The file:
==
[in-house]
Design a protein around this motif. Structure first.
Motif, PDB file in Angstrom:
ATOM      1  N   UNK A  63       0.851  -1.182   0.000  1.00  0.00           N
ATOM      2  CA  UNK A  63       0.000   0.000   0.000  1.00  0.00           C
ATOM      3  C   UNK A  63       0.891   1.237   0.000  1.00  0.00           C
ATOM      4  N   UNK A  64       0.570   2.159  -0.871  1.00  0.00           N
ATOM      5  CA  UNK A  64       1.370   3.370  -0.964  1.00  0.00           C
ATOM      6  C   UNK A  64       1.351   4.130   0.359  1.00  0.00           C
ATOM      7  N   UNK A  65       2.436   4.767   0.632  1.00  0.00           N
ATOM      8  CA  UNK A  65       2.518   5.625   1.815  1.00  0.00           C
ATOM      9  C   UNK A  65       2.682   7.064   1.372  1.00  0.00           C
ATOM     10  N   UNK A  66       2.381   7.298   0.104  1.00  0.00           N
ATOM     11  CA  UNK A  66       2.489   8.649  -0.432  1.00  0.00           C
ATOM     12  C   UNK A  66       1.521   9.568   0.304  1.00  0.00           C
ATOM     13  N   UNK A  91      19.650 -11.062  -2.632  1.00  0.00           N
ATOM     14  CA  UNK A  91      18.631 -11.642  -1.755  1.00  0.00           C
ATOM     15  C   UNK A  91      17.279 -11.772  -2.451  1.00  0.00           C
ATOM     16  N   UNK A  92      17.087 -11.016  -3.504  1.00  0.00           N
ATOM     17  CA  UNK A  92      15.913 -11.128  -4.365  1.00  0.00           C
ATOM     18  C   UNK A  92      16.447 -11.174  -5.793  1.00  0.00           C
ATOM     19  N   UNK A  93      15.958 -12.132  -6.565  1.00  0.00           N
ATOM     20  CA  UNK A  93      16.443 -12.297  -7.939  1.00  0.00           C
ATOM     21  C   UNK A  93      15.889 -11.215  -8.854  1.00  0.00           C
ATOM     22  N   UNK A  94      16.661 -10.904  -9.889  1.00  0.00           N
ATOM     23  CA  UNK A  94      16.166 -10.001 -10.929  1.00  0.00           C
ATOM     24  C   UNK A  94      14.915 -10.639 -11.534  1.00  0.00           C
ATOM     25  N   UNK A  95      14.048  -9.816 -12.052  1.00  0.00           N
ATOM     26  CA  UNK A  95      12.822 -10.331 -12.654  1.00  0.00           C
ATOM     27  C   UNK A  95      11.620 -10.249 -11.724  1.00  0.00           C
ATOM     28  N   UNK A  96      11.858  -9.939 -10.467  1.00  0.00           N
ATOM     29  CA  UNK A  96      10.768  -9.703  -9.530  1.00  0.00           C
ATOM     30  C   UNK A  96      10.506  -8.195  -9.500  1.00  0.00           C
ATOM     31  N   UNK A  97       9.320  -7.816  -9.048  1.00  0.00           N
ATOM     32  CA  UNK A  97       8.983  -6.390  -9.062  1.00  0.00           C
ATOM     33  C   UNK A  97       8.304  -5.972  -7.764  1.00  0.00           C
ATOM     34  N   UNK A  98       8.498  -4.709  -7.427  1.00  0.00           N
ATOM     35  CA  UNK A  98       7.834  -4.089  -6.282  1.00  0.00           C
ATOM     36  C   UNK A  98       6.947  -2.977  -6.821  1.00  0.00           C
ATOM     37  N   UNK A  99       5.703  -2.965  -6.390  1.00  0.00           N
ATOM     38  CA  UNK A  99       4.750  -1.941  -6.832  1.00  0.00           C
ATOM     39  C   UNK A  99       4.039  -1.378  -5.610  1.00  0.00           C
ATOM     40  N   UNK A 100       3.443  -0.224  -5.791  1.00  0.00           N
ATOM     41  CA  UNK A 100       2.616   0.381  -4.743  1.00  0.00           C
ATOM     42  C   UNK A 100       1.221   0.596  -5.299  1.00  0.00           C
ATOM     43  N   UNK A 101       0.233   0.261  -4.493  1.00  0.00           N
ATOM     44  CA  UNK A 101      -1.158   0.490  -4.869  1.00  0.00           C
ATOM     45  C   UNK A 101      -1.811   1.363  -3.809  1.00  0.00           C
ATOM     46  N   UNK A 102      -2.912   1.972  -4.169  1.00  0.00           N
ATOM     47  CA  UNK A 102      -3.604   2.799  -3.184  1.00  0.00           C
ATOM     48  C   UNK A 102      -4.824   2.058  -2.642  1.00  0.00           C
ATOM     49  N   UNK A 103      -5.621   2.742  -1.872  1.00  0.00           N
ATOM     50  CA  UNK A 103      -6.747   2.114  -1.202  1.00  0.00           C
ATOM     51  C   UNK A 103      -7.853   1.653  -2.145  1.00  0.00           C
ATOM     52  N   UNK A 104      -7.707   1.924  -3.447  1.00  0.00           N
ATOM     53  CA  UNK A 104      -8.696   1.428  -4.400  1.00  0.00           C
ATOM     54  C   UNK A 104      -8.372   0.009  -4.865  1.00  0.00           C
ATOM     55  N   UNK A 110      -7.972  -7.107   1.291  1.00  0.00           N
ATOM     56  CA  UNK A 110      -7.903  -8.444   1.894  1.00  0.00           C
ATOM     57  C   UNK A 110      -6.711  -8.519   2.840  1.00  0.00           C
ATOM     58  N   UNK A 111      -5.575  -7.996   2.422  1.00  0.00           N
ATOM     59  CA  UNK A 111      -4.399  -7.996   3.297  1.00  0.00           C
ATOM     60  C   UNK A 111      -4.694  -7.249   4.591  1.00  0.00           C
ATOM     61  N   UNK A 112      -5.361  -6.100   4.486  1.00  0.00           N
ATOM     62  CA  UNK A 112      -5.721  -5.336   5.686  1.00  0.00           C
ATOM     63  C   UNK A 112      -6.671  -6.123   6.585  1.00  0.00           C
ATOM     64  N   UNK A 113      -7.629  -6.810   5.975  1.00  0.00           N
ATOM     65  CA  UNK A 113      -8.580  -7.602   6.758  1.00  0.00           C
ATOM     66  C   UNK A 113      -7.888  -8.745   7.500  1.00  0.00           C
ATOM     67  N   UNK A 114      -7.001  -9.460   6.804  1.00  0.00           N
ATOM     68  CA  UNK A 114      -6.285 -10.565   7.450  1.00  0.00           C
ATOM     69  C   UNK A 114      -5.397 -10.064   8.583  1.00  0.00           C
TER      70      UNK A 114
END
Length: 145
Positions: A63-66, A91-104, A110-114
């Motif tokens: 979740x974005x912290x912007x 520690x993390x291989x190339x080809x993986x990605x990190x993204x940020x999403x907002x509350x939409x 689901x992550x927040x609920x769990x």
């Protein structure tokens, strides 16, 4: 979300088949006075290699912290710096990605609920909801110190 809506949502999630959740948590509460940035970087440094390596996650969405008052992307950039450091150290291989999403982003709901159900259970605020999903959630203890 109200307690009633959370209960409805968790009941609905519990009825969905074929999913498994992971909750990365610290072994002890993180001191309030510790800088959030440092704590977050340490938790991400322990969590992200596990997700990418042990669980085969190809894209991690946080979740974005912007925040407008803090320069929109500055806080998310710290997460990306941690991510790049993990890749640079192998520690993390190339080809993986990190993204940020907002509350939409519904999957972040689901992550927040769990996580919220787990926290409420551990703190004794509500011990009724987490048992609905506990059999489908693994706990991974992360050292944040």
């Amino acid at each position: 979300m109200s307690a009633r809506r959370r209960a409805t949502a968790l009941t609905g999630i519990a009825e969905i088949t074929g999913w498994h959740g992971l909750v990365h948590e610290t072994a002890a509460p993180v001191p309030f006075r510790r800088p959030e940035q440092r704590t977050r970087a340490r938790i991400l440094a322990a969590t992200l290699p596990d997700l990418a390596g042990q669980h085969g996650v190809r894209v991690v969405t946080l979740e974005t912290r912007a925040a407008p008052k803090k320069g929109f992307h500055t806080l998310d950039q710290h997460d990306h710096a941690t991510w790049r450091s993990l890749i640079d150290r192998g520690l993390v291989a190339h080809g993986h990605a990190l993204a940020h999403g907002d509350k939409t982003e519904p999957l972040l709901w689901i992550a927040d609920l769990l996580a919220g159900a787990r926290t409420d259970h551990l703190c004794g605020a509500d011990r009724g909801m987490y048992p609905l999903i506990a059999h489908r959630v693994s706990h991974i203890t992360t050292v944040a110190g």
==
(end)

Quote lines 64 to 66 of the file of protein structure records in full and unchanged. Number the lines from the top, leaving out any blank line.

ATOM     61  N   UNK A 112      -5.361  -6.100   4.486  1.00  0.00           N
ATOM     62  CA  UNK A 112      -5.721  -5.336   5.686  1.00  0.00           C
ATOM     63  C   UNK A 112      -6.671  -6.123   6.585  1.00  0.00           C